Introduction to Trauma-Informed Teaching | Amy Marschall, Psy.D. | Skillshare

Introduction to Trauma-Informed Teaching

Amy Marschall, Psy.D., Clinical Psychologist

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1 Lessons (34m)
    • 1. Introduction to Trauma Informed Teaching

      33:41

About This Class

This class will provide an overview and introductory information about the philosophy behind trauma-informed teaching, examples of what this looks like in the real world, and help you develop your own plan for creating a trauma-informed classroom.

Transcripts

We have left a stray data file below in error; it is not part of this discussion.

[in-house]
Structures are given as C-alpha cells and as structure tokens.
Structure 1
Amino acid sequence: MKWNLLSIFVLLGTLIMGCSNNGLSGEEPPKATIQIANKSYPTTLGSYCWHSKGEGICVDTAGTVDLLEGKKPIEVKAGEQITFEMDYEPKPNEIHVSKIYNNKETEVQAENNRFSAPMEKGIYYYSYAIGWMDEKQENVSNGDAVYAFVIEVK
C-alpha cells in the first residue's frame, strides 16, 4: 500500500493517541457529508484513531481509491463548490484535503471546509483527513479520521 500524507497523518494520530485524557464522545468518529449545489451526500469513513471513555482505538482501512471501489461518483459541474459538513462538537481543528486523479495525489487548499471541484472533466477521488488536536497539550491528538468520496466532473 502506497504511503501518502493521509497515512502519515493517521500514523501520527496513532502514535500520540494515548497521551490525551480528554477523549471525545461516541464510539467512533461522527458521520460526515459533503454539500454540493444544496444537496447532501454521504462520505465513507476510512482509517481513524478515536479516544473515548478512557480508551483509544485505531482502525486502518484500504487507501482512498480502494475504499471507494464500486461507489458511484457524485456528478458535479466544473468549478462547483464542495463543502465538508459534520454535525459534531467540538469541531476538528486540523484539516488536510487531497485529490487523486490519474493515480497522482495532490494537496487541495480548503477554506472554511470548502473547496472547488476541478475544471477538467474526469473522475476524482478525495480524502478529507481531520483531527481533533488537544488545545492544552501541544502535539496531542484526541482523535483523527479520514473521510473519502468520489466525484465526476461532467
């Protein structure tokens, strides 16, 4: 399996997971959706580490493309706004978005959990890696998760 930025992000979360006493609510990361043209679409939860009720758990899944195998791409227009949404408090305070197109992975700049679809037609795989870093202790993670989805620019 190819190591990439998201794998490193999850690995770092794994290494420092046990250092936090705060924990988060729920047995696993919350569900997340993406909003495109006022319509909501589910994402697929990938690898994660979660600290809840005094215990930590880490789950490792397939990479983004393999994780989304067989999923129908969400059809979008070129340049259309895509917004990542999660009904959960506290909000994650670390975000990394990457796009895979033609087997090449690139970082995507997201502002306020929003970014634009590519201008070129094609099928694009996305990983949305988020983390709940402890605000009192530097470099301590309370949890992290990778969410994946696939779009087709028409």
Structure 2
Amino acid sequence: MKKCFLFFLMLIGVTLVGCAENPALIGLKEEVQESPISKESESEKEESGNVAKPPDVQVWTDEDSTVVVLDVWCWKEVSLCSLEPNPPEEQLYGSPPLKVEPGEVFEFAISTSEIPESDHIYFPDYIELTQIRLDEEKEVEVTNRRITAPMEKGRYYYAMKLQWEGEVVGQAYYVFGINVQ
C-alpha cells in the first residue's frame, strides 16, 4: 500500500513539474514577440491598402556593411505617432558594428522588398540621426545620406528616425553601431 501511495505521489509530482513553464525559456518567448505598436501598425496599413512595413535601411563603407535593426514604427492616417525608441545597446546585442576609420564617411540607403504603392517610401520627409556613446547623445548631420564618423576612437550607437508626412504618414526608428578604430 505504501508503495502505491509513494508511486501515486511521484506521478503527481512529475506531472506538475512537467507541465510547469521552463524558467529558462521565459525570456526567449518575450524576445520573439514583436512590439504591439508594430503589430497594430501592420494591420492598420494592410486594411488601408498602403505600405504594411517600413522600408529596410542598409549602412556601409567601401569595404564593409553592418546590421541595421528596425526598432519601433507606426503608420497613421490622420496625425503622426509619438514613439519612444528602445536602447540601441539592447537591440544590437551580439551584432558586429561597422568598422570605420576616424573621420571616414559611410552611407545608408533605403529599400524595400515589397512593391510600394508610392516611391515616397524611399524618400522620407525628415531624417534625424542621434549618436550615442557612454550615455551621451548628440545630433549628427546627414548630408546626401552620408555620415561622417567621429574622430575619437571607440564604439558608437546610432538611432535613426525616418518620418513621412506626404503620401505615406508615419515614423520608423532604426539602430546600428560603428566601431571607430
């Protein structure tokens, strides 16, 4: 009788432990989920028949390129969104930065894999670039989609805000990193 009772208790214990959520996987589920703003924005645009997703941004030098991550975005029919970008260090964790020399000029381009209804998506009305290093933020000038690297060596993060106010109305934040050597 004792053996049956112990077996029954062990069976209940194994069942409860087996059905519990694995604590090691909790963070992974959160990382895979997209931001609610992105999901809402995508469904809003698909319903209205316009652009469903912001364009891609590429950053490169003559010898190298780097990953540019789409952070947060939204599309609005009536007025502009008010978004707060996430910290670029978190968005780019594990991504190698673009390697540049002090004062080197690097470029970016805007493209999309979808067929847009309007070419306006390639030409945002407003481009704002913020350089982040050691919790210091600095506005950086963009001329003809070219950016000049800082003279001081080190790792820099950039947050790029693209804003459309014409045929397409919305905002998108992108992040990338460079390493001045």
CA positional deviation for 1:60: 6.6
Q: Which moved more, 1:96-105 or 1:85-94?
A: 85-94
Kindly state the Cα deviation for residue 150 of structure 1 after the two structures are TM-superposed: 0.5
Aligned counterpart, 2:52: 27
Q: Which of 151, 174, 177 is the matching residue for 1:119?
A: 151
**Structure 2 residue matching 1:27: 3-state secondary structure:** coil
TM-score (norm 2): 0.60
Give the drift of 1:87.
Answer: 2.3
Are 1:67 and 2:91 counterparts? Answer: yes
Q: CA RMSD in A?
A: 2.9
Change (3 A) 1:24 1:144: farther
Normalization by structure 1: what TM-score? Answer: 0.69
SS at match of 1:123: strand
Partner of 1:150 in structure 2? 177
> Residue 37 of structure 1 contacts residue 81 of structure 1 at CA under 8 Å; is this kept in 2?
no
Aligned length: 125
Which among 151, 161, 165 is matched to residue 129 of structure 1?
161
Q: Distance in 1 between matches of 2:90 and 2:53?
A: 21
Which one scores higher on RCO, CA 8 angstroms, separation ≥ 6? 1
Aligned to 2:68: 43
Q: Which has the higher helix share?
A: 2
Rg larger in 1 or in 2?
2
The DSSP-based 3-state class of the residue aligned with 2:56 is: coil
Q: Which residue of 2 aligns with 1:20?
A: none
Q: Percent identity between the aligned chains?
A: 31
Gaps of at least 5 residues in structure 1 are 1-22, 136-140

1. Introduction to Trauma Informed Teaching: again. I'm doctor in martial clinical psychologist who specializes in child and adolescent psychology. I'm certified in trauma focused cognitive behavioral therapy and have other training in trauma informed care for Children and adolescents. Last time I posted it was a class about using trauma and formed teaching as a way to guide how disciplined boundaries air handled in the classroom. I thought it would be good to take a step back and give more of a general overview of what trauma and form teaching is and what that means for teachers in classrooms. Because a lot of the kids that you're working with are going to have charm of history, whether you know about it or not. This is a way of taking a step back from seeing things in a punitive way or thinking of kids as giving you a problem or being bad kids and putting that focus more on helping them either best Selves, finding out what their needs are finding ways to meet them, helping them even learn to communicate. Because generally these kids don't even know what it is that they need because, like, I like to say, there are no bad kids. They're just kids who are having a hard time, so let's get started. So, like I said, this class is an introduction to trauma informed teaching. First, I want to go over a little bit what my goals are. In teaching this class, I want to provide a basic definition for what trauma informed teaching is so that you have a picture in your mind of what you're trying to do. When you say that you're setting up a trauma informed classroom, I'm going to give a little bit of education about what childhood trauma is and how it can impact a child's performance in the classroom. I also want to help teachers learn how to problem solve some common classroom issues from a trauma informed rather than a punitive perspective. We do tend to take Children's misbehavior and see it as something that needs to be punished away rather than something that we can help them with something that we can walk with them with to help them and then for your class project. I want you to create your own working explanation for what trauma informed teaching means for you in your specific classroom trauma. Informed teaching itself isn't so much a set of instructions for the quote unquote right way to be trauma informed or the best way to have your classroom set up. It's more of philosophy that underlines your decisions as a teacher. So for you, trauma informed teaching might look a little bit different than for someone else because you're a different individual. The point is to have this underlying philosophy, this trauma approach to every interaction that you have with your students. So, like I said, I want to talk a bit about childhood trauma. The ASIS study is a big name in childhood trauma. Right now, this is a long term study that measured what different traumas are as well as their impact on Children. The link There is, to a little bit more information from the Center for Disease Control about the results of this study. The CDC Kaiser Permanent Adverse Childhood Experiences Study is a huge investigation of the impact of abuse, neglect and house hood household challenges on Children not only in childhood, but how it can impact them later in life. Originally, this was conducted from 1995 to 1997. Ah, looking at the health maintenance organization members from Southern California looked at physical exams, confidential surveys and different childhood experiences, and how it impacted current health status and behaviors for Children and adults so into adulthood. How these things impact you. Another thing that we found about childhood trauma in general is that the impact of the trauma on the child later in life doesn't necessarily just relate to the specific trauma itself, but looks at the social support and the response of the trauma. An individual who, for example, experiences a car accidents. And during that car accident, no matter how severe the car accident was, if they truly believed that their life was about to end, that they were going to die. That is a traumatic experience, and the impact on them long term has less to do with how severe the crash was or whether or not they thought they were going to die. But the support that they got after the fact. So if people were responding, for example, saying, Well, what did you why did you think you were going to die? That's stupid. There's no reason for you to be upset. That person is not going to fare as well as someone who got the response of I am so sorry that happened to you that sounded terrifying. Let's get you the support and resource is you need to cope with that. So that is where trauma informed teaching comes in, because the Aces study did show that Children who experience more adverse childhood experiences are more likely to have risky behaviors such as smoking, reckless driving, drug use, binge drinking things like that which feed back into physical health problems as well as social problems lacking the social support systems to help them get through additional stressors. Higher risk for divorce, higher risk for early death and higher risk to create adverse childhood experiences in their own Children. Continuing the cycle of the trauma So the ace questions looks specifically at the 1st 18 years of life. So what happens to Children? Abuse is defined in a couple of different ways. Emotional abuse can be that the adults in your life were swearing at you, insulting you putting you down. Um, maybe didn't actually hurt you, but lead you to believe they could hurt you if they wanted Teoh um, physical abuse. So the adult pushing, grabbing, slapping throwing, hitting you leaving bruises physically injuring you, breaking bones, etcetera, Um, sexual abuse. So someone touching in a sexual way, making you touch them in a sexual way. Sexual intercourse. Things like that. In addition to abuse, another adverse childhood experience category was household challenges. So basically, this study found that Children who witnessed apparent being physically abused, pushed, grabbed, slapped, um, kicks punched, etcetera psychologically, is the same impact to witness it happening to a caregiver as having it happened to themselves. So if you get up divorce situation where the person is claiming Well, yes, there was domestic violence. Yes, I hit their other parent. But I never put my hands on the child psychologically. To the child, it's exactly the same. Another household challenge. Substance abuse. If a parent is an alcoholic or a drug user, um, mental illness. If the parents has a severe untreated mental illness now, this is not to say that people with mental illness cannot be good parents. This is that someone with a mental illness that is not managed, someone who is unstable, who their depression or their bipolar disorder causes them to be unavailable emotionally or physically. Um, having a parent have a suicide attempt. Those kinds of things are adverse childhood experiences. Um, having your parents separate or get divorced is an adverse child experience. However, I do like to caveat that statement by saying that sometimes the divorce is not as bad as the adverse child experience of the parents staying together and being violent with each other, using drugs, etcetera on and then finally, household challenge. Having ah household member go to prison. So if a parent is arrested now, this doesn't just mean that the child witnessed the arrest, although that itself is also a trauma. But having a family member go to prison and then neglect Ah, someone in the family. The child does not have parents meeting their emotional needs or their physical needs. So there's not feeling loved, not feeling protected, not healing, important or special within the family. And then physical neglects not having clean clothes, not going to doctor's appointments, not enough food to eat, etcetera, not thinking, not knowing where the next meal was going to come from. So these are the different things that a child could experience to cause them to have these aces and having this doesn't encompass every form of trauma. Obviously, these air just the adverse child experiences that specifically correlate to these negative health outcomes. These negative mental health, physical health, social functioning outcomes later in life. So kids who have these experiences, like I said, they're at higher risk for things like substance abuse they're more likely to be have difficulty holding jobs, keep a marriage, be able to provide support for their own Children in the future. And support around these aces can reduce their risk for those kinds of things. And that is where trauma informed teaching comes in Now. Another thing to note about the Aces study is that a single adverse child experience doesn't automatically mean that a child is going to have all these problems growing up. Children can be very resilient, especially when they have that support in place. Also, the ASIS study found that it was usually 3 to 4 aces before it's the child started to correlate with these other negative health outcomes in adulthood. So, for example, if the parents get divorced, that does fall under the aces. But if they are able to avoid these other adverse childhood experiences, it doesn't automatically mean that their child is going to have all these health problems. However, I have talked a bit about how you never know what kind of trauma all your students air going through. You might not realize that a child has the trauma history, but I'm sure some of the kids in your class come from blended. Families have divorced parents, so there are kids in your class who have these traumas. So that would be a good argument in favor of adopting this philosophy, even if you're not sure how many of your students it applies to moving on. What is trauma informed? Teaching? This definition comes from Angela Watson. She does the truth for teachers podcast and talks about trauma informed teaching being able to implement these things into the classroom. She is actually a great resource if you're looking at creating a trauma informed classroom , um, in your school. So her definition says that trauma informed teaching is not a curriculum set of prescribed strategies or something you need to quote add to your plate. Unquote. It's more like a lens through which you choose to view your students, which will help you build better relationships, prevent conflict and teach them effectively. So that means, like I said, it's less a thing you do and more a philosophy through which all of your actions are informed. One of the best definitions four trauma comes from rice and groves. A 2005 article Trauma is an exceptional experience in which powerful and dangerous events overwhelm a person's capacity to cope. So going beyond just the adverse childhood experiences. Like I said, there are a lot of things that are traumatic that weren't put on that list. And this definition is great because it's not just about what is a trauma. Specifically, it's what is a trauma to the individual. If you've seen that photo of the two dogs that there's the adult golden retriever and the baby and the golden retriever adult has mud up about 1/4 of the way up its leg and the baby has it up to its chin, and it says, How deep is the mud? It depends on who you ask. Basically, we each have a different level of capacity to cope with different situations. Something that might be traumatic for me might not feel traumatic to someone else, something that I might think is not a big deal someone else might think is a major trauma. So trauma's not necessarily violence. It can be a sudden change in a living situation. It could be bullying from other peers, which is another way that the cycle of trauma can continue. There are instances where bullying is due too low empathy or poor social skills. But also there could be times that a child who has experienced trauma reenacts that trauma by bullying other kids. It can come out as reenacting what has been done to them, whether it's physical abuse, whether it's sexual, acting out, things like that. So a lot of times our impulse is that's a problem behavior. We need to punish it instead of stopping to think what's causing that behavior. And how can I respond in a way that's going to teach this child why that behaviour is not okay? Ah, lot of times kids who are being abused in some way at home reenact the abuse, and then they're punished for it and simply just told, you know, don't do that anymore. I'm going to take away this privilege. You're gonna have a time out, etcetera. instead of saying, OK, what can we do? What's going on for this child that they're acting out in this way? When we respond punitively, it just teaches them that that's how we interact with the world. It reinforces what they've learned at home of. I get abused, I get hurt. This is how we're supposed to treat other people. So trauma informed teaching is about breaking that cycle, and I talk a little bit more about what that could look like specifically related to discipline in the other class. In the first class that I posted here, the trauma informed teaching with discipline and boundaries. So when Children have been traumatized, what might that look like in the classroom? Because first of all, ah, child doesn't know what abuse is. A child doesn't know what trauma is, and a child doesn't know what the world around them is supposed to look like. A child just knows their own experience, and often times they assume that that experience is typical until they're taught differently. So if a child sees their parents being physically violent with each other, they're going to learn that that is how we resolve conflict. If a child is not having their physical needs met in the home. They're going to learn that I can't rely on other people, especially the adults who are supposed to take care of me. I need to take care of myself so that can lead to different forms of acting out. Um, specifically, for example, a child who's learned I can't rely on adults to keep me safe. They're not going to follow protocol if you teach the kids in your class. Hey, if you're having X wires e problem, you need to not fight back physically. You need to go and get a teacher and let the adults handle it. A child who's learned that adults aren't going to take care of them properly isn't going to come to you with. I'm being bullied So and so pushed me. They're going to know I need to handle this myself, and they're going to lash back out. So that's why you want to factor that in and us, the teacher need to show them you can't necessarily fix what's going on at home, but you can at least show them that you will be there for them. You will stand up for them. If they're having a problem in your classroom, you will take care of it. So that can be a corrective experience for some of what they're learning at home and can also at least help them learn that. And in this setting, I don't need to be fighting back all the time. So in the classroom. And this is from an article in a tolerance dot org's, uh, magazine responding to trauma in your classroom. What can trauma look like? Excessive anger, startled reaction, loss of appetite or can go the other way. Kids who have experienced neglect are often food insecure in their hoarding food fatigue, aggression, tardiness, absences, perfectionism, controlling or anxious behaviour. Poor concentration, somatic complaints. So I have a headache. I have a stomach ache, self confidence problems, irritability, cleanliness, trouble making friends, self harm, hoarding of items or food. A lot of times, kids who have that neglect will have this mindset of I might need it later. I need to hold on to it. Risky behaviours, which as they get older, can be drug or alcohol use. Younger kids can. It can show sexual acting out if they have experienced sexual abuse reenacting that abuse panic attacks, which can look like outbursts, can look like aggressive outbursts. Extreme self reliance. So not being able to show you that they can rely on you not being able to let you take care of a situation, um, running behavior literally feeling like I need to escape this situation. Defiance. And then when you're seeing all of these behaviors that tends to lead to being alienated from, here's because kids will start to label them as O. That's a bad kid. That kid has problems. I don't want to be friends with them. I don't want to be associate ID with that person. So you, as the teacher can model acceptance can model. Okay, we're not saying that Johnny's a bad kid were saying that he's he's a kid who has some problems, and he's having a hard time because a lot of times the punitive approach reinforces to kids that that kid is bad and we should not hang out with them. And then the child is further isolated further and feeling like they need to rely on themselves and then further spiraling into these pork problem behaviors so these kinds of symptoms can be the result of trauma. They can also be the result of other mental health issues. Anxiety, Depression 80 HD. But although I am talking specifically about trauma informed teaching, I feel like most of these this philosophy, and most of these techniques can apply to pretty much any child, because your goal is to teach them to be better. Your goal is to meet them where they are and help them be their best Selves, rather than just punishing away bad behaviour so they can come through so they can respond to these kind of techniques, they can respond to this form of teaching, regardless of whether they have what you might define as a specific trauma. And like I said, you never know who has had a traumatic experience. Any child could have a trauma history and what is defined as a trauma. History is going to vary from child to child, so this will help not only the classroom as a whole, but each individual student. This kind of mindset will help your students to trust you toe like you to have positive interactions with you and learning how to build positive relationships and having that restorative experience, you might be the first adult in their life who doesn't just assume that they're a bad kid. So how can teachers be trauma informed? This is a couple of tips from again tolerance that or go. And then the inspired treehouse dot com, which is a resource for teaching and, specifically, trauma informed teaching. So trauma informed teaching isn't just interventions or behaviors that are gonna fix the child's trauma or fix the behaviors magically. It's that mindset and approaching teaching and approaching relationship with your students . That puts those students emotional needs at the front and keeps an awareness of the impact of trauma on their behavior. Without saying I want to just punish this behavior away, it's saying, OK, what might be the underlying cause of this behavior? And how can we meet a need so that the child no longer feels like they need to engage in this behavior? Um, ongoing education for yourself about trauma and how it impacts students. Another thing that a lot of people don't realize as adults is that three Aces study had found that one in three Children are affected by adverse childhood experiences. Those Children grow up into adults. You as an adult need to look at your own history and see if there's a possibility that you have a trauma history that you have not addressed. Like I said, Children don't automatically know what is abuse. What is trauma? They just know what they've experienced. Ah, lot of times we, as adults might realize we never actually questioned our own history. We might have assumed that certain things are normal when those things might actually be traumatic. So this is an opportunity for you to look back and see what you may have experienced that you're carrying without even realizing it as something that I would recommend that everyone do is go to the Center for Disease Control website that I had showed earlier in the presentation and take the Aces survey for yourself, see what your score is. Is there some trauma that you maybe don't know about? Maybe there is. Maybe there isn't. And if not, then that's fine. But if there is, then you need to be aware of the impact of your own trauma because, like I said, Children with adverse childhood experiences are at more risk for a lot of things that cause adverse childhood experiences for their own Children. So this is your opportunity to maybe break the cycle of your own history. So, um, being trauma informed. First of all, you want to establish safety in your classroom, and you want to communicate to your students that your classroom is a safe space. So having specific behaviour contracts, either in writing or with kind of picture visual aids, so that students know that you are committed to keeping the environment safe. Teaching students about anti bullying, not just saying Don't bully people. I feel like bullying is a serious problem, but we don't look enough at teaching Children what it is and what it looks like. Um, pretty much no students or few students would say, I am a bully, but a lot of kids will engage in bullying behavior, so it's teaching them not to do those behaviors. A little side note about something called cognitive dissonance. When we talk about labeling students who engage in bullying behaviours as quote unquote bullies, we kind of reinforced to kids that their behavior might not be bullying, and that is because cognitive dissonance is where we have trouble holding two truths that are contradictory if a student thinks while bullies air bad kids and I'm not a bad kid and therefore I'm not a bully, and therefore what I did can't be described as bullying. If we take a step back from that and say, You know what? Everybody makes bad choices. Sometimes everybody has maybe done something that falls under bullying. Sometimes it doesn't mean you're bad and it doesn't mean your bully. It means that you have the opportunity toe learn better choices, and this can come up at any point in a child's development. It's never too late to help them turn a corner and make better choices in the future. Um, that was a little bit of a tangent, but, um, continuing to teach ah, positive community among the students. So that's not This is a bad kid, and you shouldn't hang out with them. But helping them for positive social relationships with each other show kids what empathy looks like. Show kids what active listening looks like be that model for them, that even when there is a conflict or an altercation and it's clear that one child was in the wrong, they should not have done that behavior still give that child the opportunity to share their side of what happened? Because otherwise again, you're you're falling into the trap of labeling them. Oh, this is a bad kid. This kid did a bad thing. They're wrong. They need to be punished. No, you're showing them that even though I don't agree with what you did. And even though that was objectively a bad choice, I'm still here to listen to you and I still care about you. And you're still worthy of this positive interaction regardless of what you did and giving them the opportunity to talk through what they did will actually help them cognitively to notice. Oh, okay. That was my mistake. That's what was wrong. When you go full, fully punitive on them, it can trigger defensiveness. And no, I wasn't in the wrong. And now you're just being mean. So that's ways of establishing safety in the classroom. Also, positive reinforcement over discipline. I talk about this more in my discipline and boundaries in trauma informed teaching. Ah, first restorative justice. That's where that goes. Beyond having consequences fits the kind of letting the punishment fit the crime. It's not only does the consequence line up with the behavior so that they have that pairing up. Okay, when I do this, this happens. So I should make a better choice, but also helping them have the opportunity to fix what they did wrong that will help their self image and self esteem of OK. Even if I make a mistake, I can fix it. And that keeps them from falling into what I like to call the broken cell phone trap. Um, if I know that whatever I did wrong is not fixable, then I'm not going to bother to try to fix it. If I think I'm a bad kid, I'm going to lean into that. It's like if I dropped my cell phone on the ground and I think, Well, I probably broke it. It can't be fixed. I might as well stomp on it a couple of times. That doesn't make any sense. You should pick it up, see if it can be salvaged. You can know to try harder next time to not make that mistake. So you're teaching kids that they can be better, they are capable of getting better, and they're not bad and they don't need to lean into that. I'm a bad kid mentality. Um, having the student give input on what a consequence might be that fits with what they did wrong can help them think through and can help them understand the connection. It can also give you an idea of where they're coming from. Um, teachers sometimes are not really sure about this intervention because they're concerned that the students going to say Well, you know, my consequence should be that I give up my iPad for 15 minutes and then I get it back, and then we never talk about it again. And they're thinking students are gonna really under play. What they're consequence should be that is possible. But I'm not saying that, Okay, you say yes, that's that's what your consequence will be. I'm saying that's a starting point for a conversation. Okay, Why do you feel that? That's a fitting consequence. Do you really think that that matches up with what you did? But also, more often than not, I have found when you ask a child, what should your punishment be for this? What should your consequence be for this? And I try to shy away from using the word punishment. I'm or say consequence. But when you ask a child, what should my consequence B? What should your consequence be there mawr inclined to go the other way with it of I should Oh, my goodness. I should never be allowed to have recess again. I'm taking it to that extreme, so that can give you an opportunity to help them. Reality test. Okay, How bad really was that choice? And that again can pull them out of the cycle of Well, I'm a bad kid, so I might as well, bad kids do bad things. So I'm gonna I shouldn't even try. Basically, um, the best way to teach kids appropriate behavior is to focus on the good, try to praise more than criticise, try to find something good that they did. And even when there is a need for criticism, point out the positives Say, Oh, okay. I see that this is what you were trying to do, and that is a wonderful thing. However, here is kind of where it went wrong. Let's problem solve how to be better. Also, there are ways to be proactive with this. Teach kids stress management. Teach kids coping skills, Teach kids how to take breaks. I'm gonna make some more classes about how to create space in your classroom for sensory breaks and how to incorporate things like stretching and yoga to help kids. Um, get into situations where you need to have conflict resolution or consequences less often because that's the ideal. It's not finding the perfect way to give Children consequences. It's helping them learn good choices so that those consequences aren't needed as much. Um, well, okay, my screen went black for a second, but looks like I fixed it. Now be aware of the impact of the sensory environment in your classroom, so give kids sensory breaks when they might be getting overstimulated. Create some sensory positive environment. Makes sensory towards available to students. There's more information on that Ah website that I have noted there, and I am planning to create another class on how to create a sensory positive environment in your classroom That'll be coming up in a few weeks. So these are some things that you might specifically see in a trauma informed classroom, even though a trauma informed classroom is more the philosophy behind it. So like I said, for one teacher, a trauma informed classroom might manifest in a different way from then another. But the underlying goal is the same. It's about helping these kids cope with these traumas. It's about keeping the possibility of that trauma in the forefront of your mind win working with these kids. So what steps will you take to make your classroom trauma informed? First, I want you to make a list of your own possible blind spots. So what kinds of things do you need to educate yourself about? Do you need to know more about the aces? Study about what trauma looks like about what behaviors in a child might look like? Trauma? Um, do you have your own mental health needs that aren't being met? Do you have your own trauma history that you might need to learn to cope with? So list how you will work to compensate for your own blind spots? Educate yourself in these areas so that not only will you be the best person you can be, because frankly, you deserve to have the your needs met. You deserve to have good mental health. You know adults have needs, too. And those needs need to be met. Every child with a trauma history hopefully will eventually become an adult. And that adult will still have that trauma history. So what would you like? What would you have liked your child? Self toe Have that you can now pass on to someone else. So to get a bit more concrete, then I want you to list what you would need for your classroom to be trauma informed. What does discipline look like for you as a trauma informed teacher? How will you address bullying both teaching students about bullying and responding when bullying occurs? How will you respond when a student is having a meltdown? Ah, difficult day. A hard time running away. How will you make sure that you're keeping in mind this philosophy when you're responding to these kids? As you put together, this plan start to give shape to the theories behind trauma informed teaching and what specifically it's going to look like in your classroom. So I hope that this gave you a helpful overview of what trauma informed teaching is and helped you come up with an idea of what trauma informed teaching is going to look like for you in your classroom.